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Old 01-20-2011, 01:39 PM   #4251 (permalink)
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Originally Posted by MPaulHolmes View Post
One thing I like about the dspic is that you can do 4 A/D conversions simultaneously. Throttle, current, temperature, voltage in my case. The specs are that it is basically a regular old control board, but now surface mount, dspic30f4011, with the driver section removed, and voltage monitoring included.
Do you see this as a big advantage?

I was initially disappointed in the slow speed of the AVR A/D converter, but it turned out to be only a minor problem when I went to write the actual code.

The current sensor is the only thing that needs to be constantly monitored. And doing that on alternate cycles seems to be good enough, leaving plenty of A/D time for everything else.

Almost all of the other sensors only need an occasional sample. The software limits the throttle ramp, so 10 samples per second would be fine. We are using plastic package temperature sensors (LM335 and MCP9701) where 1 Hz sampling is more than good enough. Sequentially scanning all 16 A/D channels on the "odd" cycle is easily fast enough for all of these.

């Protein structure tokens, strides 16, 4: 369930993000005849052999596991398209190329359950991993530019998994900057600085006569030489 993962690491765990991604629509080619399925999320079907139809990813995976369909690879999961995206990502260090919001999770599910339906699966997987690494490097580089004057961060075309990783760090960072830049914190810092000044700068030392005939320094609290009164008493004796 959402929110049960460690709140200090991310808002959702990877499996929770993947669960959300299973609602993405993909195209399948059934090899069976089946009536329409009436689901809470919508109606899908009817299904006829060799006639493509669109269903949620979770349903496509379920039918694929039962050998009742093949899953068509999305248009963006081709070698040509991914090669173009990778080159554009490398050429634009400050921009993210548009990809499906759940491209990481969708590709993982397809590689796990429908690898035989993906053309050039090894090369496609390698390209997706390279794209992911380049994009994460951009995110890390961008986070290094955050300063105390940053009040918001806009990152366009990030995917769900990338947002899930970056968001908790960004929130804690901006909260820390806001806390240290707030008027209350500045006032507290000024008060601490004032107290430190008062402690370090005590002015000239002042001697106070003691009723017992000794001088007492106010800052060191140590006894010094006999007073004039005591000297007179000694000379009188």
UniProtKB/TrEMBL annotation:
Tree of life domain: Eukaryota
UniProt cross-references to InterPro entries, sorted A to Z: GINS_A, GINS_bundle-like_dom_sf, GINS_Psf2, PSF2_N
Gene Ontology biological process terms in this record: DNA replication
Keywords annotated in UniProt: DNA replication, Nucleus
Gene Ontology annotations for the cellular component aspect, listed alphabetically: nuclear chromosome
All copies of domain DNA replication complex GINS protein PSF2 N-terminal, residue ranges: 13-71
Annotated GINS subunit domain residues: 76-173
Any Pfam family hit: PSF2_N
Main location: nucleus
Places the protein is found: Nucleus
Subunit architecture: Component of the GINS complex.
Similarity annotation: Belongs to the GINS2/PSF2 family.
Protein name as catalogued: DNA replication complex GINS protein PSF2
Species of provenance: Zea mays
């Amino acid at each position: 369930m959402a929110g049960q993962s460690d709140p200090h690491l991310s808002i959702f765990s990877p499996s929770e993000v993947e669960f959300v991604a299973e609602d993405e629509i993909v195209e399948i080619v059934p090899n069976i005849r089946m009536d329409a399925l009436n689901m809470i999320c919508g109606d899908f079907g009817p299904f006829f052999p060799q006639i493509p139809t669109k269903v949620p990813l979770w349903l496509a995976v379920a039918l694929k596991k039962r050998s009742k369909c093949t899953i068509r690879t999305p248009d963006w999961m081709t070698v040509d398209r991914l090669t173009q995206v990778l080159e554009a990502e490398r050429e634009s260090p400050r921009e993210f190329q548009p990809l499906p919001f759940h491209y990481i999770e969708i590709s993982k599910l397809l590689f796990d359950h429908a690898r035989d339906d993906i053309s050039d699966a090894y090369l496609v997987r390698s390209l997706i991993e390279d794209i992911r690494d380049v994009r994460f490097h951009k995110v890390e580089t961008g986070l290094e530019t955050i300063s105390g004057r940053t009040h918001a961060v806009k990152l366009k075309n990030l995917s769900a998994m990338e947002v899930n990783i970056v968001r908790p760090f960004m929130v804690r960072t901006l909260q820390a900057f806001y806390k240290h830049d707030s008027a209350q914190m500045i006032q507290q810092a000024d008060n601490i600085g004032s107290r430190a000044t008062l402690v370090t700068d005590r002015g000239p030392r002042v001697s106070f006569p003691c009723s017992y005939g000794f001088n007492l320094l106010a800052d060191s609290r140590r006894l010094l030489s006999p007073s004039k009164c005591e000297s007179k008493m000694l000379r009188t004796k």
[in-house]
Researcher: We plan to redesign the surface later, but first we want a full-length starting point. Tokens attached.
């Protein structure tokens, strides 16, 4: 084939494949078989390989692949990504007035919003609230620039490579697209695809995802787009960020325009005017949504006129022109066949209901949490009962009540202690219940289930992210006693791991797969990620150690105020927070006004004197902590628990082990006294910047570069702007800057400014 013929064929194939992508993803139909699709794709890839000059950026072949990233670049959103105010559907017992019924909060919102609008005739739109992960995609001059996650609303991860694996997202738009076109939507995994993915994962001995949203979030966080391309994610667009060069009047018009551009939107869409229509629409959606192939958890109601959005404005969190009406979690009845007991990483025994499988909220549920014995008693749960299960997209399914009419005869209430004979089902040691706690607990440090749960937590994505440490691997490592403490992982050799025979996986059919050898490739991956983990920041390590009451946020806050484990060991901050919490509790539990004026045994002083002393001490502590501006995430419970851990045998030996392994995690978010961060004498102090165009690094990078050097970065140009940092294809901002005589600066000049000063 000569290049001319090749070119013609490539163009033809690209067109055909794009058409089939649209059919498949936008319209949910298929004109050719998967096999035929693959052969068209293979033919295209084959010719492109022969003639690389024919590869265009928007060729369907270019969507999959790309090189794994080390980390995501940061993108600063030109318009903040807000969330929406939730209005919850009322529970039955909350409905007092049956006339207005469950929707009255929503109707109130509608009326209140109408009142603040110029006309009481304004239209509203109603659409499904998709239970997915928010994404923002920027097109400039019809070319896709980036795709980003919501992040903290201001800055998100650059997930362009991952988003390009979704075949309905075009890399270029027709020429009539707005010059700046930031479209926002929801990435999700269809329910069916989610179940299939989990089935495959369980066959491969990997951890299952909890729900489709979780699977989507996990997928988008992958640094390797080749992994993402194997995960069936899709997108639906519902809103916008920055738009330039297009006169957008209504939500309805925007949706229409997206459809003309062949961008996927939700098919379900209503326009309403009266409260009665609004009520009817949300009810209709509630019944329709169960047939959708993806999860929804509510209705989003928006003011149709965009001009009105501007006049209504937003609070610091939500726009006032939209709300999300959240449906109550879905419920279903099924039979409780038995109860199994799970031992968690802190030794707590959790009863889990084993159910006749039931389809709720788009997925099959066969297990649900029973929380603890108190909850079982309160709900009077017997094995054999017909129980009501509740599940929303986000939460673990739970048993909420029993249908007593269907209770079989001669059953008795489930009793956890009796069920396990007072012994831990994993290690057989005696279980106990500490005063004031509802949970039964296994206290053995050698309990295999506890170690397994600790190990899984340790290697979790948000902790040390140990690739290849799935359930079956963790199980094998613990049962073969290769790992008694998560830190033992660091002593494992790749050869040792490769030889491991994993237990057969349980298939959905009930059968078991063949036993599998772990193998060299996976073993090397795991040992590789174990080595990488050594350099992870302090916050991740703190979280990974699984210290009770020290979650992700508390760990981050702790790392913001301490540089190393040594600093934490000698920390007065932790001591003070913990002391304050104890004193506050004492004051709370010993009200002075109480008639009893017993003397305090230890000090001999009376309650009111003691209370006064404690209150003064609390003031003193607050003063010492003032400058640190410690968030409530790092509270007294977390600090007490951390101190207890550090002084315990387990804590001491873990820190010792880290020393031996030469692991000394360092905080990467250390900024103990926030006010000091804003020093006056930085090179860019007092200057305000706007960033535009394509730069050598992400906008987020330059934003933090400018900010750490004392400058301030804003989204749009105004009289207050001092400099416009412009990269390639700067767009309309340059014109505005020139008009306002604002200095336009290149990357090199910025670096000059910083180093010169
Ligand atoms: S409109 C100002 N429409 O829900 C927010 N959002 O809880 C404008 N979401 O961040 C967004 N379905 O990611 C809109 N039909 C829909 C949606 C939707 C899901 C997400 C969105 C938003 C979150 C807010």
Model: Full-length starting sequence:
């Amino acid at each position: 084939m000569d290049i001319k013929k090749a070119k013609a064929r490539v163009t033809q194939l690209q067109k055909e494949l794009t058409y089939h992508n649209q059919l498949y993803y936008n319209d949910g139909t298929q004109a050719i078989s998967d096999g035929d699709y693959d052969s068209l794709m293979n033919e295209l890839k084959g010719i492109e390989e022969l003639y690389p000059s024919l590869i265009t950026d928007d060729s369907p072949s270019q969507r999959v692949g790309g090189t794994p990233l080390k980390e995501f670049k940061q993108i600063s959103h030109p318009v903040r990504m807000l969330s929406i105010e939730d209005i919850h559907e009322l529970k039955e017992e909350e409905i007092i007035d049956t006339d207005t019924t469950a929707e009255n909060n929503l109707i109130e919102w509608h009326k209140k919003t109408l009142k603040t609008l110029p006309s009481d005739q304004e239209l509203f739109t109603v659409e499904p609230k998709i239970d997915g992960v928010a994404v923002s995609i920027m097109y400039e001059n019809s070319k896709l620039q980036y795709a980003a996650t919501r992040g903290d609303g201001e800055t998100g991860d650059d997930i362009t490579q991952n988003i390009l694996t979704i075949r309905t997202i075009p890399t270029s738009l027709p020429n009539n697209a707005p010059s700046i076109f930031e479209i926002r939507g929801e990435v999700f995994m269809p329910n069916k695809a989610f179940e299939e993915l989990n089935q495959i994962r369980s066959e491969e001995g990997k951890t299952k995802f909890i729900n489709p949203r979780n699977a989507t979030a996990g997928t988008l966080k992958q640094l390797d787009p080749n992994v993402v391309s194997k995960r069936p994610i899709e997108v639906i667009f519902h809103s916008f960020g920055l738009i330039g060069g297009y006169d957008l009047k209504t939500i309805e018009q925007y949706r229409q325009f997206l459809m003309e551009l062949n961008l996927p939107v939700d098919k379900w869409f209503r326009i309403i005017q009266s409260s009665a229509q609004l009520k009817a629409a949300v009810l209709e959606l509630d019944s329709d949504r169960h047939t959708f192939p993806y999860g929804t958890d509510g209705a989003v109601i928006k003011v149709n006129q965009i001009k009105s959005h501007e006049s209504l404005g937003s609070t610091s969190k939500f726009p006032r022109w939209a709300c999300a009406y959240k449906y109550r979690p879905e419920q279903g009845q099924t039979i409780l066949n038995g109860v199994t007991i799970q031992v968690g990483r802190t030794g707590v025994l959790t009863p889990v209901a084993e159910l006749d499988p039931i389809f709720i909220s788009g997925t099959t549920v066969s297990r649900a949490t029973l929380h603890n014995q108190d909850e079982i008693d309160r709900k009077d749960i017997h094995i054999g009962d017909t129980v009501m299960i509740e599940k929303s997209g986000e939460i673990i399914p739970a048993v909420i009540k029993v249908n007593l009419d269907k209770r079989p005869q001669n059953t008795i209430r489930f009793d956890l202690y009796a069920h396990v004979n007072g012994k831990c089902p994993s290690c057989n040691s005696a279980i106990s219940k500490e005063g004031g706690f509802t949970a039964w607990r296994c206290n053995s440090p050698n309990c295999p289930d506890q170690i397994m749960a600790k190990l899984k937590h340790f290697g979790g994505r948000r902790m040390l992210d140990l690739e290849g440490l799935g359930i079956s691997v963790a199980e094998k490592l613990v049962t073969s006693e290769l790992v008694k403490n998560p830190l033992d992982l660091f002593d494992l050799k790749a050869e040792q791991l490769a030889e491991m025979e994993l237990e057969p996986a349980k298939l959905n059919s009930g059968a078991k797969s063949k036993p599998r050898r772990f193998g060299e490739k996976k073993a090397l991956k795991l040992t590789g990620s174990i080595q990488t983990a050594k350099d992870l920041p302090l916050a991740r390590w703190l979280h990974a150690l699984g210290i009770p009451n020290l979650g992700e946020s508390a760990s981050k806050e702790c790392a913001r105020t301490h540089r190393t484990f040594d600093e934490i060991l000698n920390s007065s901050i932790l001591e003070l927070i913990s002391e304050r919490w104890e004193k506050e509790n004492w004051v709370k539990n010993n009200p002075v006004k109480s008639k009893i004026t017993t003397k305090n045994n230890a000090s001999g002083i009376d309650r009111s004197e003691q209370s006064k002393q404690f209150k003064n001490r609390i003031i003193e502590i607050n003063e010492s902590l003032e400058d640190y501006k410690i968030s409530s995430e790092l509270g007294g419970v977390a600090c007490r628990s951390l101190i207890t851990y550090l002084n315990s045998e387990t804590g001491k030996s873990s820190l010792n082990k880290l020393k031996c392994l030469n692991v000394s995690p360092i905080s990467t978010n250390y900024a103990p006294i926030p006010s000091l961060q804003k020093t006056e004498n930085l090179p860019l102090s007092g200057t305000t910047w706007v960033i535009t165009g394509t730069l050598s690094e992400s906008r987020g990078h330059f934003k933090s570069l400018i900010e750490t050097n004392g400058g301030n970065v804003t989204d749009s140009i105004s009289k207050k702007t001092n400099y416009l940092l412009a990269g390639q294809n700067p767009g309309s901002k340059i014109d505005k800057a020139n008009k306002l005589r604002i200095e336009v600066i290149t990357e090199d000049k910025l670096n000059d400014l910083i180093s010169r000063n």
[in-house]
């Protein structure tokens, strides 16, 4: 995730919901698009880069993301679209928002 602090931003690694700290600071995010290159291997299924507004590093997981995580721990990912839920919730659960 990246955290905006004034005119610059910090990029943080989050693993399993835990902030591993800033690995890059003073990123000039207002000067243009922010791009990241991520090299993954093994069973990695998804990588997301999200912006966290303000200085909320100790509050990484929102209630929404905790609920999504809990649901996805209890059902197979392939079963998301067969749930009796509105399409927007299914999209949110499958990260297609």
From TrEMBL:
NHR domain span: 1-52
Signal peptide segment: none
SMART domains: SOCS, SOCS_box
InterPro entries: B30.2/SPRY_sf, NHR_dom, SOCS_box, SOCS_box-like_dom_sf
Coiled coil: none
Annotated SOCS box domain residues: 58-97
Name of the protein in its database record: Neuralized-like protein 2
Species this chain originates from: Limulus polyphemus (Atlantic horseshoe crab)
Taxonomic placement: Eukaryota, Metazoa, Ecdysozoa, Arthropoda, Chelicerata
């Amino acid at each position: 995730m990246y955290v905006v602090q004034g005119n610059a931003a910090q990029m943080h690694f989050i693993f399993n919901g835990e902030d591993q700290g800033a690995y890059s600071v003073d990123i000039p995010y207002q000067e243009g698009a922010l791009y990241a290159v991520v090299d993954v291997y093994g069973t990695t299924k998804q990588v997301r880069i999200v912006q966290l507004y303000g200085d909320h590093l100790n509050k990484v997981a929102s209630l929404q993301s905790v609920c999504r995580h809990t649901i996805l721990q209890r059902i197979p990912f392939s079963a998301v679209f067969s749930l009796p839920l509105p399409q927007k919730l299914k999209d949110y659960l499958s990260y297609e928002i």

The next step up would be sampling the motor current at the center of both drive and freewheel phases. But would that really tell us anything new? It would get rid of some sample noise and bias, but is unlikely to add more device protection or a better driver experience.

I initially had the battery current on my fast sample requirement list, but there isn't much that you can do with that in the fast control loop. You can only verify that the battery current is approximately proportional to the PWM percentage, and that is best done in the slow monitoring/communication loop.

Now if we had a really fast A/D converter, with programmable offset and a DMA transfer, we could make o-scope waveform data available to the dash display. But that's a big step up. And an AVR-class processor not only doesn't have the hardware, speed or computational horsepower, it doesn't have the memory.

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